41. Scaly or crusty patches on the scalp: often indicative of psoriasis, a common autoimmune disease.
  42. Chicken bumps on skin: (a.k.a. keratosis pilaris) a common, harmless skin condition causing rough patches and small, acne-like bumps, typically on the upper arms, thighs, cheeks, and buttocks. Usually disappears on its own.
  43. Dark under-eye circles: allergies (including food allergies and sensitivities) and hay fever are common causes; iron deficiency anemia, lack of sleep and dehydration might also be to blame.
  44. Yellow nails: commonly caused by a fungal infection, although can also be a sign of diabetes, severe thyroid disease or lung disease.
  45. Butterfly rash: a red rash spreading across the cheeks and bridge of nose, often a tell-tale sign of lupus, or rosacea, a harmless skin condition that causes facial redness and swelling. See a doctor if accompanied by fatigue, fever and joint pain or stiffness.
  46. Vertigo: due in most cases to inner ear disturbances; other causes include labyrinthitis, a viral infection of the inner ear, or Meniere’s disease, a common inner ear problem that causes ringing or roaring in the affected ear. Migraines or dehydration might also be to blame.
  47. Bluish fingernails: indicates that the body is not receiving enough oxygen, often because of pulmonary obstruction, emphysema or lung disease. Consult a medical professional immediately.
  48. Cracking and popping joints: (a.k.a. crepitus) thought to be caused by air bubbles in the synovial fluid—the liquid surrounding and lubricating the joints —and by tendons snapping over tissues. Harmless unless accompanied by injury, swelling or pain.
  • candy

    I have had night sweats for sometime now. I have terrible pain in my lower back left buttock and in my left hip several car accidents. I also have itching spells with no rash. It’s not dry skin. Then I found a large lump in my arm pit. I have horrific muscle cramps in my calves ankles and feet and toes. I know I have enough potassium. Drink plenty of water, I even have medicine for restless legs, but to no avail. Haven any ideas?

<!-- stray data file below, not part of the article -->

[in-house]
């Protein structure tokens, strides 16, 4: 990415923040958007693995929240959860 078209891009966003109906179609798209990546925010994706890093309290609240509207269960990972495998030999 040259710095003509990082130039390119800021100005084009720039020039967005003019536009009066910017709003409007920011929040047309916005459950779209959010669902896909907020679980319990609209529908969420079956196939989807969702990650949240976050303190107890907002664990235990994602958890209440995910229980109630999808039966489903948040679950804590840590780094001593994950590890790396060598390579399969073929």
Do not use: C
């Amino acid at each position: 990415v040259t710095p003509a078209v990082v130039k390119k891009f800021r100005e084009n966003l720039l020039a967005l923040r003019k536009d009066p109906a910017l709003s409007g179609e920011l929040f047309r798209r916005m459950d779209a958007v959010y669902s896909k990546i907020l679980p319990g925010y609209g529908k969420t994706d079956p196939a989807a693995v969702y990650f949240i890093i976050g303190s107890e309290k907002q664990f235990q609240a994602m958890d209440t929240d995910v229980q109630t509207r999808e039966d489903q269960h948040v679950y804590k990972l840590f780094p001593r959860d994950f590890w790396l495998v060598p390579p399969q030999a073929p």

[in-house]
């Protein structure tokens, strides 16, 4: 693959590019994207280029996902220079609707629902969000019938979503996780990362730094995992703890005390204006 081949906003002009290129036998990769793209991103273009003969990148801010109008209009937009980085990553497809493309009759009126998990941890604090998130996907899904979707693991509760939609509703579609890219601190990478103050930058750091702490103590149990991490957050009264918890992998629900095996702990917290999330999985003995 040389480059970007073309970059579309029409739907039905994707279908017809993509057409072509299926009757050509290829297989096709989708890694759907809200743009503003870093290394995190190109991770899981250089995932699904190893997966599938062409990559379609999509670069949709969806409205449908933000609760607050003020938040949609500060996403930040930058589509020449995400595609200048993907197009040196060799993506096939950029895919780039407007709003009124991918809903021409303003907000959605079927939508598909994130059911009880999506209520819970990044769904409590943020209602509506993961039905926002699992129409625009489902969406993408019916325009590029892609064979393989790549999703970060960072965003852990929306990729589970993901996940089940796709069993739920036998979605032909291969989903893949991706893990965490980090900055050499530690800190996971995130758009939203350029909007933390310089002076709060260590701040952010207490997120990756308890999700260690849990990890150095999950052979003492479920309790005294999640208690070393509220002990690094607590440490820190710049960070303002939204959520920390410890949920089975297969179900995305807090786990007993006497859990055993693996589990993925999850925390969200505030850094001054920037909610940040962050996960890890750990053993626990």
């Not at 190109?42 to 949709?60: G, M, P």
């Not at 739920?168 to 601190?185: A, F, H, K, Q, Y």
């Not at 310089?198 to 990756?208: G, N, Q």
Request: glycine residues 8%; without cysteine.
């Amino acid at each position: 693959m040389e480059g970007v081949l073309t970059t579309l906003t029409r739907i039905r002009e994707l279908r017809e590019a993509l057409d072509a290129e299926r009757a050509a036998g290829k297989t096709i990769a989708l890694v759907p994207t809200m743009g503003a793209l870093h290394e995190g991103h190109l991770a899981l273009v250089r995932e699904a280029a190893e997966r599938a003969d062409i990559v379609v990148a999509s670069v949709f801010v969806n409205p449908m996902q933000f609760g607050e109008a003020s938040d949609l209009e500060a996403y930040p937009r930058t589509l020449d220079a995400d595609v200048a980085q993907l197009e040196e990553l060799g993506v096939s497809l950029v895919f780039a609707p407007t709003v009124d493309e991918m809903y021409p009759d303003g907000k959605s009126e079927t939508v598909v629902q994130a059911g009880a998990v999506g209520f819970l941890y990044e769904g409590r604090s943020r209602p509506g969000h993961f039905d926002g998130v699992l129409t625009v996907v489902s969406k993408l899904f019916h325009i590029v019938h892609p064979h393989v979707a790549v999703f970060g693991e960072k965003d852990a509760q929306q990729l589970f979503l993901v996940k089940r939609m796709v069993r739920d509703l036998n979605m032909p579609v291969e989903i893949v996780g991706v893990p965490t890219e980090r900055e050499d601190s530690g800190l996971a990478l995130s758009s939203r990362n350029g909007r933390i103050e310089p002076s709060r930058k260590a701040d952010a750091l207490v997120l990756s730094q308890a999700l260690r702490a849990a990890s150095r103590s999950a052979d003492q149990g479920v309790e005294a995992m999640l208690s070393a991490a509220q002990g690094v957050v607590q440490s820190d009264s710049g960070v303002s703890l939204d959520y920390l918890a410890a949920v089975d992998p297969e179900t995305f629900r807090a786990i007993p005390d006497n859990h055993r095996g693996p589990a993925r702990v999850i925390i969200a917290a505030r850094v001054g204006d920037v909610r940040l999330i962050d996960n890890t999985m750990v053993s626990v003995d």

• Rachael

      i would go to the doctor, it could be a type of lymphoma (hodgkins or non hodgkins) or infection in your lympnodes If you are also experiencing chest pain and difficulty breathing i would suggest going to the doctor asap.

      • candy

        Thank you Rachel, I told my husband and let him feel it,but he pretty much blew it off. I don’t have money to go to the Doctor yet. I have to re wait until we do. But once again thank you, I feel very much alone.

      • Britt Cone

        Candy, have you had a chance to get checked out yet and do you feel better? I’m hoping you’re doing well.

    • Darcy Milestone

      are you taking any type of pain medication? it sound like symptoms from that. it would also explain the feeling full and weight-loss

      • Darcy Milestone

        also to rule out the obvious—menopause or perimenopause….

  • Guest

    i have had similar symptoms, chest pain, swollen armpit and neck, sore throat, feeling full and loss of appetite. im getting constant fevers, sweats and cramps with alot of difficulty in breathing. i suffered from acute appendicitis and have had rapid weight loss while eating a normal diet. what should i do ?

    • candy

      Go to the Doctor asap. It’s nothing to fool around with. And I will pray for you that it is something not terrible.

    • Darcy Milestone

      check for hyper-thyroidism

  • Guest

    I been having this pain on the back low side of my right head. I thought it was a pimp but it’s been there for a while.. It’s small. Every time I mess with it, it bleeds and dries up.. About 3 weeks I mess with it and ever since I been having a pain..(never had pain before) Went to a doctor and he said it doesn’t look like a cyst or cluster or It’s probably sinus that it causing pain.. When the doctor rubbed on it it was hurting.. I just try to brush it off but the pain it getting a little worst.. There are time I feel dizzle.. Doctor gave me Morton 3 and flexril.. Meds is not working.. Should I just wait for 2 weeks to give the Meds time or should I just go and see a doctor right away?

    • Victoria

      I don’t understand why you are taking Flexeril for this, as Flexeril is a muscle relaxer. Maybe go see a dermatologist next time.

      • Regina Jay

        Exactly..

  • Melissa Dawn Streight

    Fainting bruising mostly legs and feet extreme tiredness sometimes feel drugged repeated flu joint and bone pain itchy skin especially in the heat or bath night sweats heart flutter caused numbness then tingling in fingers goes up my arms pains in top of breast arm pit abdomen painless lump behind ear started in December sometimes im extremely moody cry angry started in December I’m 38